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Though I had several friends back in the day with a Commodore 64, I only recently acquired one after a friend gave me his old one before he moved house. As such, I'm diving in to learning about the machine that I mostly ignored 35 years ago and quickly remembering that the 1541 disk was s.....l.....o.....w.....!

I've been reading up on the disk performance issue. I knew people who had the Epyx FastLoad cartridge, but I've only really now discovered JiffyDOS. While both are interesting solutions, they both require hardware that I'd have to acquire (and in the case of JiffyDOS, replacement of ROM chips in the C64 and 1541). Getting the hardware is possible, but takes time that I don't have for the few moments a week I can possibly dedicate to my retro C64 experience.

So that being said, is there a possible type-in program that could work as a one-off to fast load a game? I'm thinking along the lines of something that I could save to a disk, run it, then load/run the game I want to boot.

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There were quite a number of software-only fast loaders for the C-64+1541:

  • Hypra Load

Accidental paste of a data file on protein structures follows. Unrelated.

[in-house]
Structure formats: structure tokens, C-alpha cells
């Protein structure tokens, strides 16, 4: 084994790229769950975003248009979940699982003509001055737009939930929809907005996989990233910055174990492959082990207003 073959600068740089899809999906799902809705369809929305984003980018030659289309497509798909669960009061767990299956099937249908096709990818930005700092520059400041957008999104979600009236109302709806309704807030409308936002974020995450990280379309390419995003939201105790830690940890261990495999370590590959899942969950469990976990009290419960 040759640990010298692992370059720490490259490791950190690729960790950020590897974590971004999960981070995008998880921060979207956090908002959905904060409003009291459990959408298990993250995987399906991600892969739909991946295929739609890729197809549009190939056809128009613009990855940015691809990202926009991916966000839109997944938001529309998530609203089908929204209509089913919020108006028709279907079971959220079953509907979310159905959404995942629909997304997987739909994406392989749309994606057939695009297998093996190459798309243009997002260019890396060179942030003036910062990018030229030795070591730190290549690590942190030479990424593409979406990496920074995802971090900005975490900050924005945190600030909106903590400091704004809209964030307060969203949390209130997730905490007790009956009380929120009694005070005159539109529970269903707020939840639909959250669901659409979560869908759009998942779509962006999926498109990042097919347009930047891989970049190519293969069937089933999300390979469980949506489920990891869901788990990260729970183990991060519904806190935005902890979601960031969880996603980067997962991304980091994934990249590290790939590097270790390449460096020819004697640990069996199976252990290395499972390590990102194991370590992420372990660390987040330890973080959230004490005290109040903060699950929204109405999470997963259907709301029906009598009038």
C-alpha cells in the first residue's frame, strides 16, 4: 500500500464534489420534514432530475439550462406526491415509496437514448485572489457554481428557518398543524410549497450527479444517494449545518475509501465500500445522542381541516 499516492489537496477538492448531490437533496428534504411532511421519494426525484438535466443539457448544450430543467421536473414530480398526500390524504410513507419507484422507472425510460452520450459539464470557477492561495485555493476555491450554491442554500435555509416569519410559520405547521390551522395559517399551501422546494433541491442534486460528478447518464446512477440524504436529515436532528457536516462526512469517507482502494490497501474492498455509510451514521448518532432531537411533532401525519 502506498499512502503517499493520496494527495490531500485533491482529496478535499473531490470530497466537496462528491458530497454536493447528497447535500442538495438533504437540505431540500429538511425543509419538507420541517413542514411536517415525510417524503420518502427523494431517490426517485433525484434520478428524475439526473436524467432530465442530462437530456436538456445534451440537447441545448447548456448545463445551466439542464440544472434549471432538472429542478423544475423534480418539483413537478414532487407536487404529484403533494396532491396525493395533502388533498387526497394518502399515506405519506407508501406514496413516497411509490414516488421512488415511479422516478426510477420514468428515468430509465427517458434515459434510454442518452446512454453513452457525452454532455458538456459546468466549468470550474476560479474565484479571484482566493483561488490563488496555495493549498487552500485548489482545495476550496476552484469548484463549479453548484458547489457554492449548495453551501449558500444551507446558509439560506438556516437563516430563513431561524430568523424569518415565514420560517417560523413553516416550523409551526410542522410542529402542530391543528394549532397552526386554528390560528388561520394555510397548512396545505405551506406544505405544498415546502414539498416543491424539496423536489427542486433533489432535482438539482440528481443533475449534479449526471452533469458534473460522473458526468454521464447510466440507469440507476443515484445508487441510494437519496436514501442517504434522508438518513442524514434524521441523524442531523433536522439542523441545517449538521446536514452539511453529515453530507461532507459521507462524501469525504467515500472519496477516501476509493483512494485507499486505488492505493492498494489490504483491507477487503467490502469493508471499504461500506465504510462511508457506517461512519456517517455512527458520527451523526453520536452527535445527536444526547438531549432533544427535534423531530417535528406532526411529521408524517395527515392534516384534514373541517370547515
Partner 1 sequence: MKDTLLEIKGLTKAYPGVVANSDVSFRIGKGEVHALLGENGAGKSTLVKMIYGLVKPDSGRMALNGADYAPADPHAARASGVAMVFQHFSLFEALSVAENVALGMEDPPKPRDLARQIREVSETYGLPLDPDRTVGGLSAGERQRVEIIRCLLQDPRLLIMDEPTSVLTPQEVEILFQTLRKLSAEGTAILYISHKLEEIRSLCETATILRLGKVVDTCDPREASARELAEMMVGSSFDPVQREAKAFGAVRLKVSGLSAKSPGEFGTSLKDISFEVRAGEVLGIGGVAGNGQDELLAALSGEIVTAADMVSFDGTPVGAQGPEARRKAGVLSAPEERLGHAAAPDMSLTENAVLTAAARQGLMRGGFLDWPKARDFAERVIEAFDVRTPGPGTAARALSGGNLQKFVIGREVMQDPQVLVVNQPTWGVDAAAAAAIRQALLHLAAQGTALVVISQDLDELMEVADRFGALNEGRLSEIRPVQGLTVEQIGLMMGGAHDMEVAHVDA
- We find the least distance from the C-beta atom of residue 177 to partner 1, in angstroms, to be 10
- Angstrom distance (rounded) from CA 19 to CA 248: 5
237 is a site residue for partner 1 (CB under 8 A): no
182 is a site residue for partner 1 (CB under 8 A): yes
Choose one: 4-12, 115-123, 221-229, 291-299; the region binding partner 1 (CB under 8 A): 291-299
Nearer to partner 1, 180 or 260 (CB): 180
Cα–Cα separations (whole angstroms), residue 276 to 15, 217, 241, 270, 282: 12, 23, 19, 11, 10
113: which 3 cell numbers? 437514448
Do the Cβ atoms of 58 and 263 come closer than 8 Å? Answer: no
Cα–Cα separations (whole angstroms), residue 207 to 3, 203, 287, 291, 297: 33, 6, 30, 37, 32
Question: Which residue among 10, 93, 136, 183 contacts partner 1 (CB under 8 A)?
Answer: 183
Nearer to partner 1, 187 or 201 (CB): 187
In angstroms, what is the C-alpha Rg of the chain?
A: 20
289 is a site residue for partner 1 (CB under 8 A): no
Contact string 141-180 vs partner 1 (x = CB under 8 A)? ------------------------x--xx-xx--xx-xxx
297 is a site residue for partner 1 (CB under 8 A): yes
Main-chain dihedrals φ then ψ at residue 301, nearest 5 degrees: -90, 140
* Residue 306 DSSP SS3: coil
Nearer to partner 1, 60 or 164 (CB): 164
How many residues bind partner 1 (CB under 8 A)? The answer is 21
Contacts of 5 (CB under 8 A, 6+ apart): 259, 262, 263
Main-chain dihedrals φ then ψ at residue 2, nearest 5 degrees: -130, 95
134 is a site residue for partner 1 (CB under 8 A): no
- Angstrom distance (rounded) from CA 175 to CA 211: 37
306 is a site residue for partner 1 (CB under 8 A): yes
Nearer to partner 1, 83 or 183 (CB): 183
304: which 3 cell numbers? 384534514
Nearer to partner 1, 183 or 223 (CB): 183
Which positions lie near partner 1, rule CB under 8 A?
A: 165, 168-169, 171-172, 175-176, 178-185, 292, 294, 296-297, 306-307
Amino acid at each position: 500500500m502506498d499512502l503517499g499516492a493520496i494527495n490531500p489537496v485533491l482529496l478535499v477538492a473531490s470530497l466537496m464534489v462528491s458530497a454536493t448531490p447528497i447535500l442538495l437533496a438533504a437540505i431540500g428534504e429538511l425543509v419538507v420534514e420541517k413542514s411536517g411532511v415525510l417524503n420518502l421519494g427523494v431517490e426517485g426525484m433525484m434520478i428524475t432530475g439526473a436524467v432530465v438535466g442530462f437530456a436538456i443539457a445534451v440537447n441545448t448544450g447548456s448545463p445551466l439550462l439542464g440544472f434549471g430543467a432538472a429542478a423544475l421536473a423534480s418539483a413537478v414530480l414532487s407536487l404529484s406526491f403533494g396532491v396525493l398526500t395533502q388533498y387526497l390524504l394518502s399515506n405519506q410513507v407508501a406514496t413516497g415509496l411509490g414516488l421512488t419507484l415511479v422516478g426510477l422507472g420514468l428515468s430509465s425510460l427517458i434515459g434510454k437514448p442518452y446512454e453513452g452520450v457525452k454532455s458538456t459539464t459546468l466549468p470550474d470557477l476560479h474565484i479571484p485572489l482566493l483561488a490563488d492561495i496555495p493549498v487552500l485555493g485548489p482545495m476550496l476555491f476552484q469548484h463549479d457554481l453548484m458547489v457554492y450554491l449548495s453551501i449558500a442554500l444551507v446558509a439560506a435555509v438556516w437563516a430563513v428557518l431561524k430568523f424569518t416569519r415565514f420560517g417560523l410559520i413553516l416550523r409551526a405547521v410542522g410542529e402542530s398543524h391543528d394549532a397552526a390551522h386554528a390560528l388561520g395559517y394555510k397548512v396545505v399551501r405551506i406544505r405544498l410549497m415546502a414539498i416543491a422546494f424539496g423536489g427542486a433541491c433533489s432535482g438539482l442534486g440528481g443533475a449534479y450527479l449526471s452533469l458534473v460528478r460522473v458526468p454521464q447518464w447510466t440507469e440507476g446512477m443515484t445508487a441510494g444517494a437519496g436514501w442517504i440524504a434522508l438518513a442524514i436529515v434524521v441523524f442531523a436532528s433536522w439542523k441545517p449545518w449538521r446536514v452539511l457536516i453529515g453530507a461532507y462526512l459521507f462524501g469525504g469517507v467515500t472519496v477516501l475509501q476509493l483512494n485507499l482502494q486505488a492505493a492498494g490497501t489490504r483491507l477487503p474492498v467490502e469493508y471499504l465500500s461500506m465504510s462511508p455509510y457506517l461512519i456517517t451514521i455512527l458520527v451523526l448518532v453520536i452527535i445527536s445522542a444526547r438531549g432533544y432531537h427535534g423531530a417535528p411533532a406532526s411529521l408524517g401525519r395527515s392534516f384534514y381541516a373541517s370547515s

• Speed Load
  • ...and many others (a quite comprehensive list can be found in the C64-Wiki)

Fast loaders are (typically quite short, as they need to be loaded "slow") pieces of code that can accelerate floppy loading times 5-10 times (some even faster). The overall acceleration is the result of the actual speed-up of the transfer, plus the extra time needed to slow-load the loader itself and the transfer of the drive-end of the software to the drive - So the speed-up is only significant for reasonably long programs. Fast loaders don't work with all programs and will very probably be de-activated by multipart loaders in games, so your mileage may vary.

A fast loader typically consists of two pieces of code, one running on the computer, the other executed on the separate CPU in the Commodore floppy drive. Thus, your software version must match the type of floppy drive - there are special loader versions for 1581 drives.

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I would recommend SDOS 2016. It is more recent than what is linked from the C64-Wiki, and it includes documentation and source code. But you probably wouldn't want to type it in. It's pretty long...

The readme.txt offers a quick synopsis of the functionality.

SDOS is based on SJLOAD and VDOS. This is a common boot loader that checks the drive and chooses among three possibilities:

  1. if JiffyDOS protocol is supported, it starts as SJLOAD;
  2. if not, it tries to start as VDOS (which is possible on 1541 and 1571 drives in C64 mode);
  3. if none of them are present, it stays at Kernal load.

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